CS5430 Project: Access Control Analysis (Fall 2022)

General Instructions. You are strongly encouraged to work as part of a group of 2 or 3 students. Match-making assistance will be provided for those seeking help in forming a group.

Due Dates:

Submit your solution using CMS.

A social network comprises a community of members who (i) post new items and (ii) read previously posted items. In our SN social network, members have names that are strings up to 15 characters long and are constructed from letters (upper and lower case) and digits.

In SN, only certain posted items can be read by a member. Whether a previously posted items can be read by a member is based on two relations---F and BF. Each relation defines a set of pairs of members.

Note that F and BF are not necessarily reflexive, symmetric, or transitive. So, for example, (A,A) ∈ F does not necessarily hold for a member A, having (A,B) ∈ F hold does not necessarily imply that (B,A) ∈ F holds, and having both (A,B) ∈ F and (B,C) ∈ F hold does not necessarily imply that (A,C) ∈ F holds. Also, with F not necessarily reflexive, initially -- that is, by default -- a member is not able to read its own posts.

Propagation Analysis. SN management has learned that members desire a propagation analyzer so that a member who is going to post an item can first determine which other members would be able to read that item at the time the item is being posted.

The input to the propagation analyzer will be a sequence of lines. Each line contains either a single syntactically correct command or a comment. The syntax of each type of command is detailed below. The syntax of comments allows any text that is not a syntactically correct command. Any sequence of comments and commands is allowed.

Input lines are processed in the order that they are read. The processing of a command is explained below. To process a comment, that comment is simply copied to the output.

Commands facilitate performing propagation analysis in the context of evolving F and BF relations. Initially, F and BF are empty. As time passes, these relations evolve as members become friends, become best friends, cease to be friends, or cease to be best friends. We model the evolution of F and BF by giving a sequence of commands. The command syntax and operational interpretations are given below. Note that AddF and AddBF are the only commands that cause a new element to be added to relations F and BF; these commands cause add only the specified element.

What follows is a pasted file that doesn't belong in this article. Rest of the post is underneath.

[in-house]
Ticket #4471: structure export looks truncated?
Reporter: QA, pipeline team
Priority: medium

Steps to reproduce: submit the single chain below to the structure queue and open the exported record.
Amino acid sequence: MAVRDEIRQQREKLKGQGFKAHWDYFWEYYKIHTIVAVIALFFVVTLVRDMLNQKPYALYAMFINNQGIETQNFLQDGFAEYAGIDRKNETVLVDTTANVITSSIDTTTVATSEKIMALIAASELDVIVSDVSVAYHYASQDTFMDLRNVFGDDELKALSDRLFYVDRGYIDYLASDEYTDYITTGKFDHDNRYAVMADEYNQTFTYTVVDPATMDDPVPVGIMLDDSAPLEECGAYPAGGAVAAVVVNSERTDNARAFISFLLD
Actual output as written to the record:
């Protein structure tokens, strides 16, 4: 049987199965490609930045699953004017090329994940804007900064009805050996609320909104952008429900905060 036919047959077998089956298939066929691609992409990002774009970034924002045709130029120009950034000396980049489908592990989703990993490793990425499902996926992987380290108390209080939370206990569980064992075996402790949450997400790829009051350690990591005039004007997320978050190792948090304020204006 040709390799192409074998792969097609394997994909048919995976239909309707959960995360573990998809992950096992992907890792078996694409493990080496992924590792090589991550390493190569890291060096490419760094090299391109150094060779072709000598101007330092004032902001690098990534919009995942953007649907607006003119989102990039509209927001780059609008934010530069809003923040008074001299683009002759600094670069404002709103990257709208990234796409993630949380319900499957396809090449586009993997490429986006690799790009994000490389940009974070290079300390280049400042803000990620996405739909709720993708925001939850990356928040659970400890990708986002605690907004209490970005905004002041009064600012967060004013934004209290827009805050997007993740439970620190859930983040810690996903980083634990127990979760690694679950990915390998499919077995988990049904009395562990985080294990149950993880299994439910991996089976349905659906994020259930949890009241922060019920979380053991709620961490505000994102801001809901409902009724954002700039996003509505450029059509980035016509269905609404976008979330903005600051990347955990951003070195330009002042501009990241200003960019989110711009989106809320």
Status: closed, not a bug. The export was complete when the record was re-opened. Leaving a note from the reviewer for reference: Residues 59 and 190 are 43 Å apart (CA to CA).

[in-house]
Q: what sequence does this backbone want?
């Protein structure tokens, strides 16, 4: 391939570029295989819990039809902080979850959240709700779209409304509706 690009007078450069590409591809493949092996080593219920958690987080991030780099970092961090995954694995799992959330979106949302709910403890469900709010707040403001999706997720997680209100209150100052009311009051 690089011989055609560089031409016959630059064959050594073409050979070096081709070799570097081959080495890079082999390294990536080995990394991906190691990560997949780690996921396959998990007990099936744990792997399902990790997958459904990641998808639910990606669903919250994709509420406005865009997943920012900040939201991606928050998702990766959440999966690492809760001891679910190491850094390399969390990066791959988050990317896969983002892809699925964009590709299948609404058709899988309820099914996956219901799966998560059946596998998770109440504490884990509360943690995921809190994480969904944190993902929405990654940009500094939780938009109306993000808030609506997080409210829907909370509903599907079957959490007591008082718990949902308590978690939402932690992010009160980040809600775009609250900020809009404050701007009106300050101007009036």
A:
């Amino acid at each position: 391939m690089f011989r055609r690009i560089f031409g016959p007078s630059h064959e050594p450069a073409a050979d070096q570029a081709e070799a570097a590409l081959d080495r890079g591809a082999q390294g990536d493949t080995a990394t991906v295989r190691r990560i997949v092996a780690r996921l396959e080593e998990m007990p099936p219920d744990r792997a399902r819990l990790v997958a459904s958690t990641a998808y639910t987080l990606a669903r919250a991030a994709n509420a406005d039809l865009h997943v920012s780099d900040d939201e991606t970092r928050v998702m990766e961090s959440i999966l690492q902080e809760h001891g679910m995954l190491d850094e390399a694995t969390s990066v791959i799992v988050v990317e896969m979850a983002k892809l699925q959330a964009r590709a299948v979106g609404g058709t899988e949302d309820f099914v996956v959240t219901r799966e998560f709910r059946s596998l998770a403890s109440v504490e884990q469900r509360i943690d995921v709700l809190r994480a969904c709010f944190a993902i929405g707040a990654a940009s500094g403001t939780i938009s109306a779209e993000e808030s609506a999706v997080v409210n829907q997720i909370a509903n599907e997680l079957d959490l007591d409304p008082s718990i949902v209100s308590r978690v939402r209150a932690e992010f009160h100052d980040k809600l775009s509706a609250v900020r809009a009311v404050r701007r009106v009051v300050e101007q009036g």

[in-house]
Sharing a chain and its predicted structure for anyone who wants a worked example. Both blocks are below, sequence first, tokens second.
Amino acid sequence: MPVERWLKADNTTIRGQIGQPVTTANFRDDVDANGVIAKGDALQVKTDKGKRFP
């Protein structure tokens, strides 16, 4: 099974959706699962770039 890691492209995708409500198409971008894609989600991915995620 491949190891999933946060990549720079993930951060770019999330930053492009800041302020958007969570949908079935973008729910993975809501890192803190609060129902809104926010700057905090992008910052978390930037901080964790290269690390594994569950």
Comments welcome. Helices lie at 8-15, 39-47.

Building the Analyzer

Implement the propagation analyzer. It should should support analysis of systems involving up to 80 members. The analyzer will be invoked with two arguments: a Unix file name for a file containing the input, a Unix file name to which output will be written. This is an example of an input file; your analyzer should generate an output file that looks like this.

You may develop your system anywhere. But we will grade your system by running it on the Linux hosts in UGCLab. So use a programming or scripting language available within this environment, and -- to avoid an unpleasant surprise -- use Linux hosts in UGCLab to test what you will submit.

Submissions that do not run on the Linux hosts in UGCLab will receive no credit for executing correctly. Login to the UGCLab computers and test your system before you submit it, leaving plenty of time to make changes that may be needed.

Phase 1 (due 11/11 at 5pm)

Phase 1 requires you to provide a program for correctly handling comments. So, for an input file that contains only comments your system will generate an output file where each input line has been copied. Trivial? Yes, but phase 1 forces you to confront all of the details associated with writing a system that (i) executes on the UGCLab computers and (ii) we will be able to install and run on the UGCLab computers.

What to submit. Submit to CMS an archive named phase1.zip containing:

Grading Criteria.

Phase2 (due 11/21 at 5pm)

What to submit. CMS will be set-up for submissions comprising the following elements.

Grading Criteria. Here is a rough breakdown of the relative importance of each piece of this project.